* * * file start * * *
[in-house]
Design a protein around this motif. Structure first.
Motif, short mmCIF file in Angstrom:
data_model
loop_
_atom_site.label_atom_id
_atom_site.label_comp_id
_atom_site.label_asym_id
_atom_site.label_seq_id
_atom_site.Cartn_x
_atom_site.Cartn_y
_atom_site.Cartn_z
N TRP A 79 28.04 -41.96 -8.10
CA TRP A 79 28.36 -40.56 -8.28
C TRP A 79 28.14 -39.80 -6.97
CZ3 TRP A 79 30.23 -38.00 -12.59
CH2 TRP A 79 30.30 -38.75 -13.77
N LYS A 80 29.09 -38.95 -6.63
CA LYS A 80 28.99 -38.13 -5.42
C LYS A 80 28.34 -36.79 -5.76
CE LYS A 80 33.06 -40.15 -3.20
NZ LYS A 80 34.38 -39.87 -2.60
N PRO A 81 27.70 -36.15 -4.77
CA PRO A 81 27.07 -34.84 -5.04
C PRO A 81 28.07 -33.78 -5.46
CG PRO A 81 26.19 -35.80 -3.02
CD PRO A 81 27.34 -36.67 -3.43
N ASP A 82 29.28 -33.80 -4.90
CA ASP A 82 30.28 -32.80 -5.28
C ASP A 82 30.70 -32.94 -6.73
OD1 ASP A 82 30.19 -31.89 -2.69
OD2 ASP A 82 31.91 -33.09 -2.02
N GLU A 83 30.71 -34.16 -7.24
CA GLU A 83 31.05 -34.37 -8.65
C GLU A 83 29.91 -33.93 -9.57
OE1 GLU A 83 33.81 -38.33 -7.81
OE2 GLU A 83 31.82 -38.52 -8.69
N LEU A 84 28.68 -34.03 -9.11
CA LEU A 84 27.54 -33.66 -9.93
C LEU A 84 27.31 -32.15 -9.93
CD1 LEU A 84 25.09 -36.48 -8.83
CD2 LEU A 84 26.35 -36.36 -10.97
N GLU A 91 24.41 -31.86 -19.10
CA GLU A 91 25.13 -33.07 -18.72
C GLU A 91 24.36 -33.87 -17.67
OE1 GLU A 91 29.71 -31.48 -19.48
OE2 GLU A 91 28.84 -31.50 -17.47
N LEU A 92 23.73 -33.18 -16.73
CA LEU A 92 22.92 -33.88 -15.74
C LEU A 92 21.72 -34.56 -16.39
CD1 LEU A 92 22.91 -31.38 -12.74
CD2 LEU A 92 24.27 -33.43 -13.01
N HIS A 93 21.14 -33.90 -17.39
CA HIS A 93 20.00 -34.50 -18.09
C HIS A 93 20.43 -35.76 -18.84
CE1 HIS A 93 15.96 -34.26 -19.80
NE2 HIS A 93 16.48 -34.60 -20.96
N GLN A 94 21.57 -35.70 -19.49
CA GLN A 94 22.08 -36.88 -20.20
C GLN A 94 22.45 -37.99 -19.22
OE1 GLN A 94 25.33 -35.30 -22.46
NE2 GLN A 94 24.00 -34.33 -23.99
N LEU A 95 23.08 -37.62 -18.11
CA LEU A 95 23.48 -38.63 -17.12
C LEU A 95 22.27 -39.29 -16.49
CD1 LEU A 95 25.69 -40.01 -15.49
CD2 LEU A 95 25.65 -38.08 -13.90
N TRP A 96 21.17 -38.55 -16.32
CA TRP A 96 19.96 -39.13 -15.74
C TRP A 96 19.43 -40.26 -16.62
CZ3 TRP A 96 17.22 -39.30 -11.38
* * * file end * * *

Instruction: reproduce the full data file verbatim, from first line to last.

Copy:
[in-house]
Design a protein around this motif. Structure first.
Motif, short mmCIF file in Angstrom:
data_model
loop_
_atom_site.label_atom_id
_atom_site.label_comp_id
_atom_site.label_asym_id
_atom_site.label_seq_id
_atom_site.Cartn_x
_atom_site.Cartn_y
_atom_site.Cartn_z
N TRP A 79 28.04 -41.96 -8.10
CA TRP A 79 28.36 -40.56 -8.28
C TRP A 79 28.14 -39.80 -6.97
CZ3 TRP A 79 30.23 -38.00 -12.59
CH2 TRP A 79 30.30 -38.75 -13.77
N LYS A 80 29.09 -38.95 -6.63
CA LYS A 80 28.99 -38.13 -5.42
C LYS A 80 28.34 -36.79 -5.76
CE LYS A 80 33.06 -40.15 -3.20
NZ LYS A 80 34.38 -39.87 -2.60
N PRO A 81 27.70 -36.15 -4.77
CA PRO A 81 27.07 -34.84 -5.04
C PRO A 81 28.07 -33.78 -5.46
CG PRO A 81 26.19 -35.80 -3.02
CD PRO A 81 27.34 -36.67 -3.43
N ASP A 82 29.28 -33.80 -4.90
CA ASP A 82 30.28 -32.80 -5.28
C ASP A 82 30.70 -32.94 -6.73
OD1 ASP A 82 30.19 -31.89 -2.69
OD2 ASP A 82 31.91 -33.09 -2.02
N GLU A 83 30.71 -34.16 -7.24
CA GLU A 83 31.05 -34.37 -8.65
C GLU A 83 29.91 -33.93 -9.57
OE1 GLU A 83 33.81 -38.33 -7.81
OE2 GLU A 83 31.82 -38.52 -8.69
N LEU A 84 28.68 -34.03 -9.11
CA LEU A 84 27.54 -33.66 -9.93
C LEU A 84 27.31 -32.15 -9.93
CD1 LEU A 84 25.09 -36.48 -8.83
CD2 LEU A 84 26.35 -36.36 -10.97
N GLU A 91 24.41 -31.86 -19.10
CA GLU A 91 25.13 -33.07 -18.72
C GLU A 91 24.36 -33.87 -17.67
OE1 GLU A 91 29.71 -31.48 -19.48
OE2 GLU A 91 28.84 -31.50 -17.47
N LEU A 92 23.73 -33.18 -16.73
CA LEU A 92 22.92 -33.88 -15.74
C LEU A 92 21.72 -34.56 -16.39
CD1 LEU A 92 22.91 -31.38 -12.74
CD2 LEU A 92 24.27 -33.43 -13.01
N HIS A 93 21.14 -33.90 -17.39
CA HIS A 93 20.00 -34.50 -18.09
C HIS A 93 20.43 -35.76 -18.84
CE1 HIS A 93 15.96 -34.26 -19.80
NE2 HIS A 93 16.48 -34.60 -20.96
N GLN A 94 21.57 -35.70 -19.49
CA GLN A 94 22.08 -36.88 -20.20
C GLN A 94 22.45 -37.99 -19.22
OE1 GLN A 94 25.33 -35.30 -22.46
NE2 GLN A 94 24.00 -34.33 -23.99
N LEU A 95 23.08 -37.62 -18.11
CA LEU A 95 23.48 -38.63 -17.12
C LEU A 95 22.27 -39.29 -16.49
CD1 LEU A 95 25.69 -40.01 -15.49
CD2 LEU A 95 25.65 -38.08 -13.90
N TRP A 96 21.17 -38.55 -16.32
CA TRP A 96 19.96 -39.13 -15.74
C TRP A 96 19.43 -40.26 -16.62
CZ3 TRP A 96 17.22 -39.30 -11.38